Key Research Findings relevant to Reading Together®

Reading Together® is underpinned by a range of theoretical perspectives and research findings, which relate to literacy learning, family factors and home-school connections/partnerships. These theoretical perspectives and research findings are summarised in the Reading Together® Te Pānui Ngātahi: Workshop Leader's Handbook; Reading Together: Key features and related research findings 1982-2009; and other reports available via this site.

Key research findings about family influences on children's learning which are particularly relevant to Reading Together® are summarised below.

Home environments have powerful influences on what children learn within and outside school and are more powerful than parents' income and education.

Many parents require guidance on how to help their children at home. Replicating inappropriate teaching approaches which parents experienced as children - which are often all they know - can be unhelpful and harmful.

SOURCE: The Complexity of Community and Family Influences on Children's Achievement in New Zealand: Best Evidence Synthesis (2003), Ministry of Education.

A literature review commissioned by the Ministry of Education indicated that about 40 to 65 percent of variance in outcomes is attributable to the influences of family and communities, depending on the outcome of focus. [p3]

SOURCE: Improving Educational Policy and Practice through an Iterative Best Evidence Synthesis Programme. Adrienne Alton-Lee, Ministry of Education. Paper presented to OECD-US Seminar, Washington D.C., 2004.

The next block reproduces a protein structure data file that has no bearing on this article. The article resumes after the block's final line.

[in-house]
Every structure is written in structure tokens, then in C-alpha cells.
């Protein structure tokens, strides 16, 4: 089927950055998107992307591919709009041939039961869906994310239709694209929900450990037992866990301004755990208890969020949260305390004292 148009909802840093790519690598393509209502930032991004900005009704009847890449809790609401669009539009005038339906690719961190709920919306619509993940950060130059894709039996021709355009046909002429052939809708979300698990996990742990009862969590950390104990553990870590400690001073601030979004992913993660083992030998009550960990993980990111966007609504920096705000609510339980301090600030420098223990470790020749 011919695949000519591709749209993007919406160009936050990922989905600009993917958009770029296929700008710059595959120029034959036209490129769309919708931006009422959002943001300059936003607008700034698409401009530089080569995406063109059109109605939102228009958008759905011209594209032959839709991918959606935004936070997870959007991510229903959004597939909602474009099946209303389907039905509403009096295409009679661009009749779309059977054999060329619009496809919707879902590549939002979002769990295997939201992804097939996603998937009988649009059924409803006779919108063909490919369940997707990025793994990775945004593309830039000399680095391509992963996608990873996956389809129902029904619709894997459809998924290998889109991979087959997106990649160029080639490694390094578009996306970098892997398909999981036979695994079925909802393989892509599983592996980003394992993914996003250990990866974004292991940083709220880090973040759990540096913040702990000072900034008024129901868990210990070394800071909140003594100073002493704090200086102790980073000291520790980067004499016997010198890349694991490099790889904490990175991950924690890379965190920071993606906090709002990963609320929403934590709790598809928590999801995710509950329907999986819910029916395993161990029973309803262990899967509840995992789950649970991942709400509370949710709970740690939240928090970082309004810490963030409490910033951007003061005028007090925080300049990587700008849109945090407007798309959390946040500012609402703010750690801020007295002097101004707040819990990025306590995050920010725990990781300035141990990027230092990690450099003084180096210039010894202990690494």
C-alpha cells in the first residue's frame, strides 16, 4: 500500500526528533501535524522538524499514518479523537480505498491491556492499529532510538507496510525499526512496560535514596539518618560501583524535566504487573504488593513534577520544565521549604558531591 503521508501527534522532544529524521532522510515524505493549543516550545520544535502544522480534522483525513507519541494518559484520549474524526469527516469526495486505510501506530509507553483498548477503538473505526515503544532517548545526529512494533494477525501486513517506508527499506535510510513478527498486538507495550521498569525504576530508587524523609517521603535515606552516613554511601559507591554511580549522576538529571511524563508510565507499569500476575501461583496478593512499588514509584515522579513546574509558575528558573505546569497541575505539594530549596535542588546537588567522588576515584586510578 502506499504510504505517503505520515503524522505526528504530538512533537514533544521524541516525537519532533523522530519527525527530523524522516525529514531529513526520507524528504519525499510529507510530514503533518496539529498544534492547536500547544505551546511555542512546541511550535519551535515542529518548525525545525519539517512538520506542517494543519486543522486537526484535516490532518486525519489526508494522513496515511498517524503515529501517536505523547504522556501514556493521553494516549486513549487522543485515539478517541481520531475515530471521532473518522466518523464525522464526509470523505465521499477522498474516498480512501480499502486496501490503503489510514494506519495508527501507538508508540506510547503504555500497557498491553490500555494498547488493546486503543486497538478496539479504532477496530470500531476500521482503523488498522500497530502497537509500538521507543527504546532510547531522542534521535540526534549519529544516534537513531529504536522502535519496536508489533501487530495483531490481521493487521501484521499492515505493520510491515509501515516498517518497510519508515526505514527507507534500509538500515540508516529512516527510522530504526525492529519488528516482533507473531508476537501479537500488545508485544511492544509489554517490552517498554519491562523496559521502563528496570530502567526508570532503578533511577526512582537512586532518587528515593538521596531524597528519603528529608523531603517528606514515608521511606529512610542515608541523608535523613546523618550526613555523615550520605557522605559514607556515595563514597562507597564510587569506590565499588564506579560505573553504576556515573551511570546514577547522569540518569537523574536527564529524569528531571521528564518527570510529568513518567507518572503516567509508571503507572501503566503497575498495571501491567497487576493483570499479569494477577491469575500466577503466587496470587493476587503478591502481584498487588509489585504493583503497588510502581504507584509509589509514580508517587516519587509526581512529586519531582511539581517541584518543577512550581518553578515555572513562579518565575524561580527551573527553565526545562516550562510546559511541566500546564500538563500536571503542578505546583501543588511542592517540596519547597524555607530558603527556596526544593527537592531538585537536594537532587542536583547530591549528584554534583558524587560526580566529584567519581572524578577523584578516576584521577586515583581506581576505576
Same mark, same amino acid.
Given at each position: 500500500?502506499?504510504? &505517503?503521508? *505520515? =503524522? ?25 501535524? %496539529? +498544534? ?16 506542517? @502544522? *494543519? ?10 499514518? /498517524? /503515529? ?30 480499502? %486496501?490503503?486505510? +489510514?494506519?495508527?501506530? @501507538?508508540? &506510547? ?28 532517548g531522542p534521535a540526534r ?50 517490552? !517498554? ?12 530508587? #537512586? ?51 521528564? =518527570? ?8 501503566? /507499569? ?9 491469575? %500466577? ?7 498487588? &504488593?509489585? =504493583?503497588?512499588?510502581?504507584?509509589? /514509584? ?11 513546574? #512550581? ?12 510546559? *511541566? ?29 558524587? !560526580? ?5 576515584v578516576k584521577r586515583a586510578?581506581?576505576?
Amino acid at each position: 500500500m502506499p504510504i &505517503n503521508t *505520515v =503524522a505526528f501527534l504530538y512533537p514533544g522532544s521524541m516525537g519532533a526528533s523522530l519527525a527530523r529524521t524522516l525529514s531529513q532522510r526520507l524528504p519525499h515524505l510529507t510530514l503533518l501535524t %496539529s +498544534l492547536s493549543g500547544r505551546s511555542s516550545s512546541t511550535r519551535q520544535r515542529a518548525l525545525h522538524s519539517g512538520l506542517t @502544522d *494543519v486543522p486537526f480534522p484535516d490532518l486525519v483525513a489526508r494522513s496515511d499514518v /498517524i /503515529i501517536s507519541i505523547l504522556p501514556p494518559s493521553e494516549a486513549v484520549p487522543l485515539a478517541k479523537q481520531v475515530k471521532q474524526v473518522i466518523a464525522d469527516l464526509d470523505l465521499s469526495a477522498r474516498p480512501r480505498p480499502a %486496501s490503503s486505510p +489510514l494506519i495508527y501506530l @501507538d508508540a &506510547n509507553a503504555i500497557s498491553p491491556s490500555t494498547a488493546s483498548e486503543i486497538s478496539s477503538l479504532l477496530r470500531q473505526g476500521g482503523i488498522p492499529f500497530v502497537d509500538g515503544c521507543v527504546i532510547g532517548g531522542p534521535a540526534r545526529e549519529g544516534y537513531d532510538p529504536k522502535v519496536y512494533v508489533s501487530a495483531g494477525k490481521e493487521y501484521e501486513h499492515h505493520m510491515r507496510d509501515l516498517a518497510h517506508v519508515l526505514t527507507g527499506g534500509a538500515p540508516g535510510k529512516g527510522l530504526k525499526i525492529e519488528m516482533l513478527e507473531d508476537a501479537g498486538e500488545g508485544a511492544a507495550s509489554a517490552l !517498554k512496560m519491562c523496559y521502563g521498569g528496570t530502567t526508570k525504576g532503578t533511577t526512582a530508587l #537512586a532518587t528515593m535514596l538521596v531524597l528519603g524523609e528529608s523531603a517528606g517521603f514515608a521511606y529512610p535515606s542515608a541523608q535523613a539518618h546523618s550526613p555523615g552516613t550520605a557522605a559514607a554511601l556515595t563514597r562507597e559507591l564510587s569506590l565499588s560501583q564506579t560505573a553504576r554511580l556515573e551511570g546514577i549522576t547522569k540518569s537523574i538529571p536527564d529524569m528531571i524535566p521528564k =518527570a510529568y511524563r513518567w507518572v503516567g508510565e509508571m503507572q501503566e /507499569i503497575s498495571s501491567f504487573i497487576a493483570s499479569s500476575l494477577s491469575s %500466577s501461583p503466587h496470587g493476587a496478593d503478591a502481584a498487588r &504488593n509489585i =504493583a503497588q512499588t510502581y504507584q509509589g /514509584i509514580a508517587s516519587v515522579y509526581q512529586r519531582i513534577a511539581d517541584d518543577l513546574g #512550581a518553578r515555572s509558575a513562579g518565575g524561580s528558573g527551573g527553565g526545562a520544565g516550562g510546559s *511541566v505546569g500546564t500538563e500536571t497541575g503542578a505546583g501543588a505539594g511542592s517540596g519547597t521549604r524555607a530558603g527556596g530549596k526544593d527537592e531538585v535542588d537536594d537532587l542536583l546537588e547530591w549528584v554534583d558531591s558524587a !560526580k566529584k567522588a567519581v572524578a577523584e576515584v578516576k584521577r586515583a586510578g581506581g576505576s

Quality teaching effects are maximised when supported by effective school-home partnership practices focused on student learning. School-home partnerships that have shown the most positive impacts on student outcomes have student learning as their focus. [p vii]

SOURCE: Quality Teaching for Diverse Students in Schooling: Best Evidence Synthesis (2003). Ministry of Education.

... different types of parental involvement can have large, small, or even negative influences on student achievement. [p44]

... It is also possible for schools to invest considerable time, energy and resources in engaging with families and communities in ways that have little - or even negative - impacts on student outcomes. For example, homework can support or undermine student achievement depending on how it is designed. Similarly, while most parents attempt to help their young children with reading, this can be a frustrating and negative experience for both parent and child. Positive effects are more likely to be associated with programmes that support parents with strategies for effective help. [p45]

Reading Together has proven to be a cost-effective intervention to support parents in assisting their children with reading. [p162]

SOURCE: School Leadership and Student Outcomes: Identifying What Works and Why Best Evidence Synthesis (2009), Ministry of Education.

Parents' meaningful involvement with their children's activities and interests is the most critical factor in their children's development, and the demands of that involvement escalate as children grow older.

SOURCE: Heath, S. (2012) Words at Work and Play: Three Decades in Family and Community Life. Cambridge University Press.

In recent decades, significant changes in childhood and family life, economic pressures, and the dominance of equipment/electronic media for children have had negative impacts on:
» adults' engagement and interactions with children in their families, and
» the language and cognitive development of children and young people.
SOURCE: Heath, S. (2010). Family Literacy or Community Learning? Some Critical Questions on Perspective. In K. Dunsmore, & D. Fisher (Eds.), Bringing Literacy Home (pp. 15-41). Newark, DE: International Reading Association.

Quote from NZ Government Release (2014) Literacy programme to benefit more communities

Reading Together®

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